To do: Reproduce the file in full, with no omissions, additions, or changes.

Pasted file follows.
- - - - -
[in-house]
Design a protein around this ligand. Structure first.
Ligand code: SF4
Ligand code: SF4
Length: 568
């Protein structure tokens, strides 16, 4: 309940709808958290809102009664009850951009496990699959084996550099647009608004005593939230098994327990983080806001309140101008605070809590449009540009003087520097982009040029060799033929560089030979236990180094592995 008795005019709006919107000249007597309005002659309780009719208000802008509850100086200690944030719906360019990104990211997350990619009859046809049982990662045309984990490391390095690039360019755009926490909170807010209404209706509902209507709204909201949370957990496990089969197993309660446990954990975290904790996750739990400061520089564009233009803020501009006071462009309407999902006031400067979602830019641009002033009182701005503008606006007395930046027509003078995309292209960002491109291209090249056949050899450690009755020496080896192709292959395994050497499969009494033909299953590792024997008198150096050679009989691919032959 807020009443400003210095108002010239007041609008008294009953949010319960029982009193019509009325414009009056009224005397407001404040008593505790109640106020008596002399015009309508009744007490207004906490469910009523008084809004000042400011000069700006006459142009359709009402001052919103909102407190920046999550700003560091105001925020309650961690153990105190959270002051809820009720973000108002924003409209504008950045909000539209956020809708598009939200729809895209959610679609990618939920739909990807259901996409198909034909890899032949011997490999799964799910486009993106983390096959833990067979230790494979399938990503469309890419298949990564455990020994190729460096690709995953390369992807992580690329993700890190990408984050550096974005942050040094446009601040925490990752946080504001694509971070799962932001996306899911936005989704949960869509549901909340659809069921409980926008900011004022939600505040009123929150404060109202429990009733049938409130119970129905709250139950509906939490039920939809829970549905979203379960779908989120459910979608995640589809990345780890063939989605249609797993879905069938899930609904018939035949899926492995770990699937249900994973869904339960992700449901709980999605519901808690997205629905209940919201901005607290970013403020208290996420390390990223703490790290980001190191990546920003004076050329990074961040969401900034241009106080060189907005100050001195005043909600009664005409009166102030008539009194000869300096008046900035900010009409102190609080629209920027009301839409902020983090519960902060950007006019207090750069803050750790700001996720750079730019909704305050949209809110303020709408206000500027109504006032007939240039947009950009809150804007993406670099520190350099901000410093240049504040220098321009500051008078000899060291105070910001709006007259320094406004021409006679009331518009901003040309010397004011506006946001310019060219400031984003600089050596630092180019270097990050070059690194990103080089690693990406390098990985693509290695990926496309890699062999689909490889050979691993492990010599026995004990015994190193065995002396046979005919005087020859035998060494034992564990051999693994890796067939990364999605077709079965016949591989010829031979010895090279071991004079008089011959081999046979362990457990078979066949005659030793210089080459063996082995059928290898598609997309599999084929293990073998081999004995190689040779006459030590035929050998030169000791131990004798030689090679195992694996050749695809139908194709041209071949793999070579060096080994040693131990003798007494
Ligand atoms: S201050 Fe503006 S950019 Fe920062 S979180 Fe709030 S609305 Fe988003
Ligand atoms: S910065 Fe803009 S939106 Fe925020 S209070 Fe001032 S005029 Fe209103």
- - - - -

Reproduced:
[in-house]
Design a protein around this ligand. Structure first.
Ligand code: SF4
Ligand code: SF4
Length: 568
């Protein structure tokens, strides 16, 4: 309940709808958290809102009664009850951009496990699959084996550099647009608004005593939230098994327990983080806001309140101008605070809590449009540009003087520097982009040029060799033929560089030979236990180094592995 008795005019709006919107000249007597309005002659309780009719208000802008509850100086200690944030719906360019990104990211997350990619009859046809049982990662045309984990490391390095690039360019755009926490909170807010209404209706509902209507709204909201949370957990496990089969197993309660446990954990975290904790996750739990400061520089564009233009803020501009006071462009309407999902006031400067979602830019641009002033009182701005503008606006007395930046027509003078995309292209960002491109291209090249056949050899450690009755020496080896192709292959395994050497499969009494033909299953590792024997008198150096050679009989691919032959 807020009443400003210095108002010239007041609008008294009953949010319960029982009193019509009325414009009056009224005397407001404040008593505790109640106020008596002399015009309508009744007490207004906490469910009523008084809004000042400011000069700006006459142009359709009402001052919103909102407190920046999550700003560091105001925020309650961690153990105190959270002051809820009720973000108002924003409209504008950045909000539209956020809708598009939200729809895209959610679609990618939920739909990807259901996409198909034909890899032949011997490999799964799910486009993106983390096959833990067979230790494979399938990503469309890419298949990564455990020994190729460096690709995953390369992807992580690329993700890190990408984050550096974005942050040094446009601040925490990752946080504001694509971070799962932001996306899911936005989704949960869509549901909340659809069921409980926008900011004022939600505040009123929150404060109202429990009733049938409130119970129905709250139950509906939490039920939809829970549905979203379960779908989120459910979608995640589809990345780890063939989605249609797993879905069938899930609904018939035949899926492995770990699937249900994973869904339960992700449901709980999605519901808690997205629905209940919201901005607290970013403020208290996420390390990223703490790290980001190191990546920003004076050329990074961040969401900034241009106080060189907005100050001195005043909600009664005409009166102030008539009194000869300096008046900035900010009409102190609080629209920027009301839409902020983090519960902060950007006019207090750069803050750790700001996720750079730019909704305050949209809110303020709408206000500027109504006032007939240039947009950009809150804007993406670099520190350099901000410093240049504040220098321009500051008078000899060291105070910001709006007259320094406004021409006679009331518009901003040309010397004011506006946001310019060219400031984003600089050596630092180019270097990050070059690194990103080089690693990406390098990985693509290695990926496309890699062999689909490889050979691993492990010599026995004990015994190193065995002396046979005919005087020859035998060494034992564990051999693994890796067939990364999605077709079965016949591989010829031979010895090279071991004079008089011959081999046979362990457990078979066949005659030793210089080459063996082995059928290898598609997309599999084929293990073998081999004995190689040779006459030590035929050998030169000791131990004798030689090679195992694996050749695809139908194709041209071949793999070579060096080994040693131990003798007494
Ligand atoms: S201050 Fe503006 S950019 Fe920062 S979180 Fe709030 S609305 Fe988003
Ligand atoms: S910065 Fe803009 S939106 Fe925020 S209070 Fe001032 S005029 Fe209103």